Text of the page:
A book has been written about the subject

So, why are the Wright brothers considered the first men to fly?

Well, for starters, there’s no photographs of Frost’s flight, nor any written testimonials. However Frost himself, as well as several locals in the area, claimed that on September 24th, 1896, Frost flew for approximately 500 yards.

This, if true, would have been a considerably longer flight than the Wright brothers achieved.

The end of the flight was not so successful, however, as the bottom of the craft hit a tree and crashed into a nearby field.

Not deterred by this, Frost repaired the machine, however it was then destroyed in a storm some weeks later, and Frost could not afford to build a new one from scratch.

His patent expired four years later.

Without a craft for another flight, and with no photographic evidence, his claim to be the first man to fly, unfortunately, can not be verified.

In 1935 Frost died aged 90 years old. Although he held no grudge against the Wright brothers, he did state that the government had turned down his application for funding following his first attempt, which scuppered the hope of any future flights after his craft was destroyed.

The reason for this? The government claimed that aircraft would never be used for navigation or warfare; a statement that looked very foolish as World War I began to play out.


HTV footage from the 1990’s on the Bill Frost story (Youtube)
 

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Library reservations service expanded

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PEMBROKESHIRE’S Library Service has extended its reservation service.

Customers can place up to two reservations for books and audiobooks, which are available and in stock at libraries in Fishguard, Haverfordwest, Milford Haven, Narberth, Newport, Neyland, Pembroke, Pembroke Dock, Saundersfoot and Tenby.

Items are also available to reserve from the service’s Stack (store).

Library members can place reservations free of charge, in person or via the online catalogue.

To access the online catalogue, log on to https://www.pembrokeshire.gov.uk/libraries-and-culture and select ‘Find Library Books’.

Customers can also place a request for an item not currently in stock, to be purchased as one of their two reservations.

The Library Service is not offering an Interlibrary Loan service at the present time.

For details on the library services currently offered in Pembrokeshire, please view https://www.pembrokeshire.gov.uk/libraries-and-culture

 

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Extra police patrols at Tenby skate park after ‘men approached young girls’

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CONCERNED locals in Tenby have taken to social media to write about concerns of inappropriate behaviour – between males they think may have been asylum seekers currently housed at Penally Army Camp – and young girls in Tenby.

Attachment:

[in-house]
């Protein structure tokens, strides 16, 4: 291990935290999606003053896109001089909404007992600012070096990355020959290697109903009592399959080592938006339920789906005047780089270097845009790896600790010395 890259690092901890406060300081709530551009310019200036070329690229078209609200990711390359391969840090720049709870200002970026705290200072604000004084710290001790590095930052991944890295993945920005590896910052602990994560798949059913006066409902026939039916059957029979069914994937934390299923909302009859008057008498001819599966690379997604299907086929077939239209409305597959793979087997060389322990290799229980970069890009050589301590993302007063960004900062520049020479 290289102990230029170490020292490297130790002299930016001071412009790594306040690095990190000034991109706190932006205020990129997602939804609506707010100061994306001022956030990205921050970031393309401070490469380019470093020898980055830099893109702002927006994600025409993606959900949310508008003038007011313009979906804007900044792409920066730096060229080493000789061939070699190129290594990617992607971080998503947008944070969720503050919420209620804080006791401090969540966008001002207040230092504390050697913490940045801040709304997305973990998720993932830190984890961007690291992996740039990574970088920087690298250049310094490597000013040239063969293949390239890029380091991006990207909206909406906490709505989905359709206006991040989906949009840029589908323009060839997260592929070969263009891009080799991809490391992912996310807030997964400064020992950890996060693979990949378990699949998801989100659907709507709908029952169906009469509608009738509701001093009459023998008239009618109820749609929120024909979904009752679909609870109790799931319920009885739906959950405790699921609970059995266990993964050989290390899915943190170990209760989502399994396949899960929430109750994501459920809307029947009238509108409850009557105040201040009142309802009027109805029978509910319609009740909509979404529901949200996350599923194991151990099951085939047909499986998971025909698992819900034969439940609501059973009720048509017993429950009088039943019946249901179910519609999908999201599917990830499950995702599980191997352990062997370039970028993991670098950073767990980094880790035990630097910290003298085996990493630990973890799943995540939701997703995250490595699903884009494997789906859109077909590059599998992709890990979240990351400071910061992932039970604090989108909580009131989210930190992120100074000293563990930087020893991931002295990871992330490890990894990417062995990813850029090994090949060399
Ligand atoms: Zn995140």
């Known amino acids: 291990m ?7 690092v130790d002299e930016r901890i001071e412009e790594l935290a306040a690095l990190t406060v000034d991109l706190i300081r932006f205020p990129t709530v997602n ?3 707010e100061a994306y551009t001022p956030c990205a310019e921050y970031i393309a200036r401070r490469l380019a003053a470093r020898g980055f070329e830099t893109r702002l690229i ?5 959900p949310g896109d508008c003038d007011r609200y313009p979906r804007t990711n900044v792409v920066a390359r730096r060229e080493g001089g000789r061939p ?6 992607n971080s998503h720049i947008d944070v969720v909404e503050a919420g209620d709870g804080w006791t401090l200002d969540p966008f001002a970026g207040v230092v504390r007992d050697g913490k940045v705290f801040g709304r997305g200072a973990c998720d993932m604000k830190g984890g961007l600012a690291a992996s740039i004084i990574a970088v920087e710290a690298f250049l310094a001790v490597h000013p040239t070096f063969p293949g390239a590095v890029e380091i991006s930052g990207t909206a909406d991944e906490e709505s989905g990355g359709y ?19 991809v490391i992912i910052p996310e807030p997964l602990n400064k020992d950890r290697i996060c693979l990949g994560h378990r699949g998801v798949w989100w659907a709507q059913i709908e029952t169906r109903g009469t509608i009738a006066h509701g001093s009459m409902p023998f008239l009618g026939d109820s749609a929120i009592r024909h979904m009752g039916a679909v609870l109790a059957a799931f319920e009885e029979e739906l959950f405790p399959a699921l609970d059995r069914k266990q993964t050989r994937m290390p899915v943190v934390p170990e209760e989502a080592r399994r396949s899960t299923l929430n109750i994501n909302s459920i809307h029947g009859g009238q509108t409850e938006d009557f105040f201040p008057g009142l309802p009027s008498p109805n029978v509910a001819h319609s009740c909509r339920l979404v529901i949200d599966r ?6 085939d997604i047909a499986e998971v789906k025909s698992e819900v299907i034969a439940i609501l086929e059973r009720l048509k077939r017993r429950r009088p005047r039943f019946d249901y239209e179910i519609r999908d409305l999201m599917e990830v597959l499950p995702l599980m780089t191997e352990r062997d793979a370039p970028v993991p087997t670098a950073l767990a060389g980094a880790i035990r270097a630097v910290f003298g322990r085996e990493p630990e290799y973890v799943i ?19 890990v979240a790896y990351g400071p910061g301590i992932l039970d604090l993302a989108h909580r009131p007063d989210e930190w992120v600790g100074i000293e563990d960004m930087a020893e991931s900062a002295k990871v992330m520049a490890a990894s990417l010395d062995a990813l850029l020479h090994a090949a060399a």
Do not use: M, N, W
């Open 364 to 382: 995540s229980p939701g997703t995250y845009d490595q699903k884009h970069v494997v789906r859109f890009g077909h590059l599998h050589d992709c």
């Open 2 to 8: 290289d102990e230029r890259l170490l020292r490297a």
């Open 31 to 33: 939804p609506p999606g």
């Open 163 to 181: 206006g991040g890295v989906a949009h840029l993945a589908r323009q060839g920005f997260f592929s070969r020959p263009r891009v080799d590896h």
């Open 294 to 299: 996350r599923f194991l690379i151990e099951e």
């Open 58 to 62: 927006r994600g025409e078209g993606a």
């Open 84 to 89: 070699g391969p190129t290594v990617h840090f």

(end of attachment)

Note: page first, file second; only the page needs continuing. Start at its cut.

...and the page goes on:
The police have said they are investigating the matter.

Witnesses have said that young girls have been approached by males while at the skate park in Tenby.

The Home Office has said that the camp will be used to house up to 250 male asylum seekers whilst their claims are processed due to a shortage of alternative accommodation, caused by the coronavirus pandemic.

Reports circulating on Facebook have claimed to have direct knowledge that male residents of the camp have been talking and exchanging contact information with local school girls, some suggesting that they were in school uniform when talking with the men.

However, the police have not confirmed that that is the case – it remains an unproved allegation.

One local claimed on Facebook: “So tonight a few of us concerned local parents decided to go to Tenby skate park.

“As we got there two young girls where sat on a bench waiting for someone.

“Some kids told us they were the ones talking to the men yesterday exchanging Snap Chat details and stuff.

“Then the men from the day before turned up… saw us and scurried off down the beach.

“The two girls then quickly wandered off.

“These girls were about 14.”

One resident had stated that they had reported the incidents he had seen and heard to the local police station, he claimed that an officer told him they were in talks with Greenhill School about the incidents.

Pembrokeshire County Council said that they are unable to comment on the alleged incidents, however a spokesman told The Herald in a statement: “All I would say is that our schools regularly advise pupils not to engage with strangers.”

Dyfed-Powys Police confirmed they are investigating two alleged incidents at the skate park, and have been in contact with the local schools.

A police spokesperson told The Pembrokeshire Herald: “We have received two reports of alleged inappropriate behaviour at the skate park in Tenby and are looking to speak to the people who contacted us.

“In the meantime the skate park is now part of our patrol plans and we have linked in with local schools to reinforce the School Beat Stay SMART online messaging.”